“You brought in a child’s sand pail – yellow, if I remember right – full of sea shells, poured them out across your desk in the lecture hall, and started to talk about how different mollusks met the cost of building a shell. I had never thought of it that way; that any organism has to make a living just like a person; that they had spending constraints just like so many of us do, that if they do not earn a living, they die. It was the single most fascinating lecture I ever heard and it inspired me to seek a Ph.D. in ecological biology.”

Geerat J. Vermeij

Geerat J. Vermeij

Geerat Vermeij is a Dutch malacologist (shell biologist) who wrote A Natural History of Shells, a beautifully made and illustrated book that talks about the cost to the critter of building a structure to protect him, her, it.  He has collected and studied shells from all over the world and has learned to decipher clues as to its owner’s life history – when it was attacked by a crab, for example, and if it survived.  He is a MacArthur Foundation Fellow (“genius”) and writes in a very accessible manner.  This is one of my most treasured books.  And, although it doesn’t seem to have made a bit of difference, it should be mentioned that he’s been blind since a young age.

Spice Up Your Book Club!

Is Richard too interested in sex?

Is not having sex within a marriage as bad as having sex outside the marriage?

What about “mateness points” – how many points do you think you have versus how many does your guy think you have, and vice-versa?

Have you reached the Tipping Point one way or the other?

How do the love scenes stack up against Fifty Shades?

How sexy is money compared to love and desire?

An Ordinary Man, a veritable Men 101 guidebook, offers a lot to talk about.

And independent authors depend on word of mouth to sell books.

Plus the book is on sale until January 10, 2014 for just $4.99 at

Thank you!

Look Familiar, Soccer Moms?

“‘I suppose you’re right. He’s a good man. I guess I have to show him more gratitude for working late so often.’  At that moment, Katie came running off the field, crying. The Brownian movement of untrained eight-year olds pretending to be a soccer team resulted in the inevitable smashing together of knees. Mrs. Simmons gathered the injured child onto her lap, smoothed her hair back from tear-streaked cheeks and gave her a consoling kiss, all without hardly interrupting their conversation.  ‘I just wish he knew how hard I work as well.'”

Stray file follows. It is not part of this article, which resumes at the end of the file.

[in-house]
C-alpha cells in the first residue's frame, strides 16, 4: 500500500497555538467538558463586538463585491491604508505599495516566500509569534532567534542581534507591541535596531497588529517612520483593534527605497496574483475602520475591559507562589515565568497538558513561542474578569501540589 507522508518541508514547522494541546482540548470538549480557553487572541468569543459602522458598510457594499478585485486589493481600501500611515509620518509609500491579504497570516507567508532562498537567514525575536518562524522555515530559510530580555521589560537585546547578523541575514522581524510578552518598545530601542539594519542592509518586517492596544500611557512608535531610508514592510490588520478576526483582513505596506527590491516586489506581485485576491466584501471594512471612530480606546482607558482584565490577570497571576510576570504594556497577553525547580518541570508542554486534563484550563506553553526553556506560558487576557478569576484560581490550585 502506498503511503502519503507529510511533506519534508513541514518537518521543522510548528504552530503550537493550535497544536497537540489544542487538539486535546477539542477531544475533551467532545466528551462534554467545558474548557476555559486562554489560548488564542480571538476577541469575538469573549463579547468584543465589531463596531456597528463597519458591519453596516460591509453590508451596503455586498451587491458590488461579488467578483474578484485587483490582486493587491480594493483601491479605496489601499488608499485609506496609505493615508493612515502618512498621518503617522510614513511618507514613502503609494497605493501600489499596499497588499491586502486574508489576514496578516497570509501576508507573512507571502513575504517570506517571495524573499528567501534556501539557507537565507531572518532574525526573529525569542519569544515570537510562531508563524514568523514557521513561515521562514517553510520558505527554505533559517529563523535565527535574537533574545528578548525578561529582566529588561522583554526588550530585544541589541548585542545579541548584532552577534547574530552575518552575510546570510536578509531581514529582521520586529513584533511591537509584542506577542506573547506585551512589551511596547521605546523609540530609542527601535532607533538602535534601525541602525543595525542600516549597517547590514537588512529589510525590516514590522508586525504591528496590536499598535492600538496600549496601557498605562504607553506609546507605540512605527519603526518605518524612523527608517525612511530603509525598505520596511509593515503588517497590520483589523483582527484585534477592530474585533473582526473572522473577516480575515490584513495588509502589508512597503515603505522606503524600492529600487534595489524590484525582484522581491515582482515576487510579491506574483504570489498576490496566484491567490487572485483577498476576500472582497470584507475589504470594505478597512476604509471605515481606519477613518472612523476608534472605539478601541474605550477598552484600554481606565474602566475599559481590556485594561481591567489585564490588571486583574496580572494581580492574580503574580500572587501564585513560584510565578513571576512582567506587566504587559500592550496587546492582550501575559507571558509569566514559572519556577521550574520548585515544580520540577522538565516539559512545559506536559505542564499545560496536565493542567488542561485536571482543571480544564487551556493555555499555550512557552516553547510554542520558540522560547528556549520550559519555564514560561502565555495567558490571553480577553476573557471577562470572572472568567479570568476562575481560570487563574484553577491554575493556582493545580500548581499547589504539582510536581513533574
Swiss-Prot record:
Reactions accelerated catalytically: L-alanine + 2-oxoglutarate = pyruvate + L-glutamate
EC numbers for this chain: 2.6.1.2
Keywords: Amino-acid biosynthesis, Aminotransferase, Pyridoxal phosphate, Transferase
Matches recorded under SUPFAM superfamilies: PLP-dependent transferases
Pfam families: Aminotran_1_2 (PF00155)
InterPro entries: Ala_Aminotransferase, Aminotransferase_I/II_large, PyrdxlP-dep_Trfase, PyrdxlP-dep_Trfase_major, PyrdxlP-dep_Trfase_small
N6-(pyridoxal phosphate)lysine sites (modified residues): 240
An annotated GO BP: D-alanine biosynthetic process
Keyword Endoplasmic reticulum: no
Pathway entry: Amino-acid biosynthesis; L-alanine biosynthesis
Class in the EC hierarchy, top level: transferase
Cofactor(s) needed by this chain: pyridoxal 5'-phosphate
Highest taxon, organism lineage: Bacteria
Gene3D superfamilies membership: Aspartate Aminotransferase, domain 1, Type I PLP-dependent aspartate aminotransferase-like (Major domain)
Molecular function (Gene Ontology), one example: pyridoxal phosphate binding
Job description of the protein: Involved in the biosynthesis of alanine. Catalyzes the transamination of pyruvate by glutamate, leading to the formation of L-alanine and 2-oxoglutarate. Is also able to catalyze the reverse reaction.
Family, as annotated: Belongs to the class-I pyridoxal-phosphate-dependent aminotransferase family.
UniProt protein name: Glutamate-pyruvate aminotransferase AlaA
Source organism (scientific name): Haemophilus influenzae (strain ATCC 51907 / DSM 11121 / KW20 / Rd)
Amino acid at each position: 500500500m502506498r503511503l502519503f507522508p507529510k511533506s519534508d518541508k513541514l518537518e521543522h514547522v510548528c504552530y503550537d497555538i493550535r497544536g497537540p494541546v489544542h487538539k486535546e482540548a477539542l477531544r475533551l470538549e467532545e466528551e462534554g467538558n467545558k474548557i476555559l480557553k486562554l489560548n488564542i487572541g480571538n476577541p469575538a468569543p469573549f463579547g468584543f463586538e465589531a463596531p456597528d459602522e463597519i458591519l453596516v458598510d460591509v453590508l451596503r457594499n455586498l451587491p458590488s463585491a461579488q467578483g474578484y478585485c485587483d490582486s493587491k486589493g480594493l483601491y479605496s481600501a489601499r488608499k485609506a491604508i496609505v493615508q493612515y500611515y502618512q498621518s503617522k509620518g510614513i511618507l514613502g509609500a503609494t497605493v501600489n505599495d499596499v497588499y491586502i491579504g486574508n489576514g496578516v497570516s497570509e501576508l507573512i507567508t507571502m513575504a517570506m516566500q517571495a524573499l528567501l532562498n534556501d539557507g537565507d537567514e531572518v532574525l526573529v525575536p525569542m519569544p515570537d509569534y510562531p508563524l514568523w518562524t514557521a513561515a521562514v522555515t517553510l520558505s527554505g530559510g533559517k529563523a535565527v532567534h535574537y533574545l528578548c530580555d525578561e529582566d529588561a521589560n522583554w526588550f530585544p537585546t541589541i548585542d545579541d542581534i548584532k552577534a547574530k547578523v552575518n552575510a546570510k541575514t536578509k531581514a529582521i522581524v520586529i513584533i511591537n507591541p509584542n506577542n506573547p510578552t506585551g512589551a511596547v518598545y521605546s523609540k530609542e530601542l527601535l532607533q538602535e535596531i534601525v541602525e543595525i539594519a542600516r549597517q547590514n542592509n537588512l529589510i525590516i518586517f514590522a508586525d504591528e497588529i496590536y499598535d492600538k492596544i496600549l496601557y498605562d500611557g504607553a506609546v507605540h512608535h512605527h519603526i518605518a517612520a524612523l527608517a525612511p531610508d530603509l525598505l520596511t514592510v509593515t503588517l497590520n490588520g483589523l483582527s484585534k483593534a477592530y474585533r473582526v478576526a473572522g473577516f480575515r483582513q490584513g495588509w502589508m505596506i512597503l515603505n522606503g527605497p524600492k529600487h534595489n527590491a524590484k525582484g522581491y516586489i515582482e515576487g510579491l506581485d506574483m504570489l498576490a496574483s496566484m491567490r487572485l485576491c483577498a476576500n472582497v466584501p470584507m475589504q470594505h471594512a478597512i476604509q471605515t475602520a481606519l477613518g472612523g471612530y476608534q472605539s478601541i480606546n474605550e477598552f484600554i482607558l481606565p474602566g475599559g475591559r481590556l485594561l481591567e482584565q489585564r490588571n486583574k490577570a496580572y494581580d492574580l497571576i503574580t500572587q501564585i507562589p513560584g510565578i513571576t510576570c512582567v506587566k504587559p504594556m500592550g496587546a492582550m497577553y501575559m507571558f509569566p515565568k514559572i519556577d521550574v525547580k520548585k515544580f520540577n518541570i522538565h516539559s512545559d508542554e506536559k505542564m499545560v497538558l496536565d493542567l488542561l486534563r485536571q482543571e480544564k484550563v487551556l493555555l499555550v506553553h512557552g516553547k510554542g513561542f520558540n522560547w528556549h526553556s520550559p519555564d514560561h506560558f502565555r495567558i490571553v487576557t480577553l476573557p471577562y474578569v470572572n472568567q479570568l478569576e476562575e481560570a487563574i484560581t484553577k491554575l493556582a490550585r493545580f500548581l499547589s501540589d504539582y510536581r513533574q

“a random movement of microscopic particles suspended in liquids or gases resulting from the impact of molecules of the surrounding medium —called also Brownian movement”

– Merriam-Webster (

Robert Brown (1773 – 1858) was a Scottish botanist who noticed this phenomena, which eventually helped confirm that matter is made of atoms and molecules and has applications in the real world I know nothing about.  Still, I watched it once under a microscope and thought it was cool.  And it does look something like kids playing soccer.

“There is grandeur in this view of life ….”

“There is grandeur in this view of life, with its several powers, having been originally breathed by the Creator into a few forms or into one; and that, whilst this planet has gone cycling on according to the fixed law of gravity, from so simple a beginning endless forms most beautiful and most wonderful have been, and are being evolved.”


the author's first copy of Darwin's Origin

the author’s first copy of Darwin’s Origin

Not my quote, but I wish it was.  This is the concluding paragraph of The Origin of Species and I have long considered it one of the finest paragraphs written anywhere.  It is a grand view; that life on Earth has persevered for eons as the planet makes innumerable trips around the sun and travels unimaginable distances in space, always refining itself to the present condition and creating endless varieties of beautiful and wonderful forms, but in any event, always persisting.  It is also a view not inherently at odds with that of a Creator, as Darwin himself, the right-wing’s would-be anti-Christ, acknowledges.

I bought my first copy of his great work almost a year after graduating with a bachelor’s in science, a cheap paperback version I underlined heavily, and it has guided my thought since then.  I wrote “April 1977” on the last page because it’s more important when you finish a book than when you start it.

Happy New Year